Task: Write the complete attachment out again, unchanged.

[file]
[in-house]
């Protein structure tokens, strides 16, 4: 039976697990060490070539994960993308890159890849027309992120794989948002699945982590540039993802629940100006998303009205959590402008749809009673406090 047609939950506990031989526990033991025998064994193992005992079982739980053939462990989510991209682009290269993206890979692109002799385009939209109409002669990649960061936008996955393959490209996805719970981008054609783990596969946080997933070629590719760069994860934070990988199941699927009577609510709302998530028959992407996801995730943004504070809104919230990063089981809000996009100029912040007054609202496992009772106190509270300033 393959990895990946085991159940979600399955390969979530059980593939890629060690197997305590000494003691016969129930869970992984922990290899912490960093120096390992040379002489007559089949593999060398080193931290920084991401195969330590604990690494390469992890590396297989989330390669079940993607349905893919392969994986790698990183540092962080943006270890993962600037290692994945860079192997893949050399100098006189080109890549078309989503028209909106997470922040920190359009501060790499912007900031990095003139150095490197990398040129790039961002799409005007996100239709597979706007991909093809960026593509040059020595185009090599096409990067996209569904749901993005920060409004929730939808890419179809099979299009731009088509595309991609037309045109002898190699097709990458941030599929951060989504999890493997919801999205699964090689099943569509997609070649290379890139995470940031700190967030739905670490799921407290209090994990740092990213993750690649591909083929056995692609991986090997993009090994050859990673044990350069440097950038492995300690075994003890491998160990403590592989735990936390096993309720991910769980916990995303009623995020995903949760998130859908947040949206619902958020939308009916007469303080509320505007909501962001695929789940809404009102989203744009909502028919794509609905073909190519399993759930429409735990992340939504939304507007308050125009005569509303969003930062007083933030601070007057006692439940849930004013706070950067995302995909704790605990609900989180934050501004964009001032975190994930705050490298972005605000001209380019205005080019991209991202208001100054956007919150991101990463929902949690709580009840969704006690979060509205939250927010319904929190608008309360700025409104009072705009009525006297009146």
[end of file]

[in-house]
């Protein structure tokens, strides 16, 4: 039976697990060490070539994960993308890159890849027309992120794989948002699945982590540039993802629940100006998303009205959590402008749809009673406090 047609939950506990031989526990033991025998064994193992005992079982739980053939462990989510991209682009290269993206890979692109002799385009939209109409002669990649960061936008996955393959490209996805719970981008054609783990596969946080997933070629590719760069994860934070990988199941699927009577609510709302998530028959992407996801995730943004504070809104919230990063089981809000996009100029912040007054609202496992009772106190509270300033 393959990895990946085991159940979600399955390969979530059980593939890629060690197997305590000494003691016969129930869970992984922990290899912490960093120096390992040379002489007559089949593999060398080193931290920084991401195969330590604990690494390469992890590396297989989330390669079940993607349905893919392969994986790698990183540092962080943006270890993962600037290692994945860079192997893949050399100098006189080109890549078309989503028209909106997470922040920190359009501060790499912007900031990095003139150095490197990398040129790039961002799409005007996100239709597979706007991909093809960026593509040059020595185009090599096409990067996209569904749901993005920060409004929730939808890419179809099979299009731009088509595309991609037309045109002898190699097709990458941030599929951060989504999890493997919801999205699964090689099943569509997609070649290379890139995470940031700190967030739905670490799921407290209090994990740092990213993750690649591909083929056995692609991986090997993009090994050859990673044990350069440097950038492995300690075994003890491998160990403590592989735990936390096993309720991910769980916990995303009623995020995903949760998130859908947040949206619902958020939308009916007469303080509320505007909501962001695929789940809404009102989203744009909502028919794509609905073909190519399993759930429409735990992340939504939304507007308050125009005569509303969003930062007083933030601070007057006692439940849930004013706070950067995302995909704790605990609900989180934050501004964009001032975190994930705050490298972005605000001209380019205005080019991209991202208001100054956007919150991101990463929902949690709580009840969704006690979060509205939250927010319904929190608008309360700025409104009072705009009525006297009146």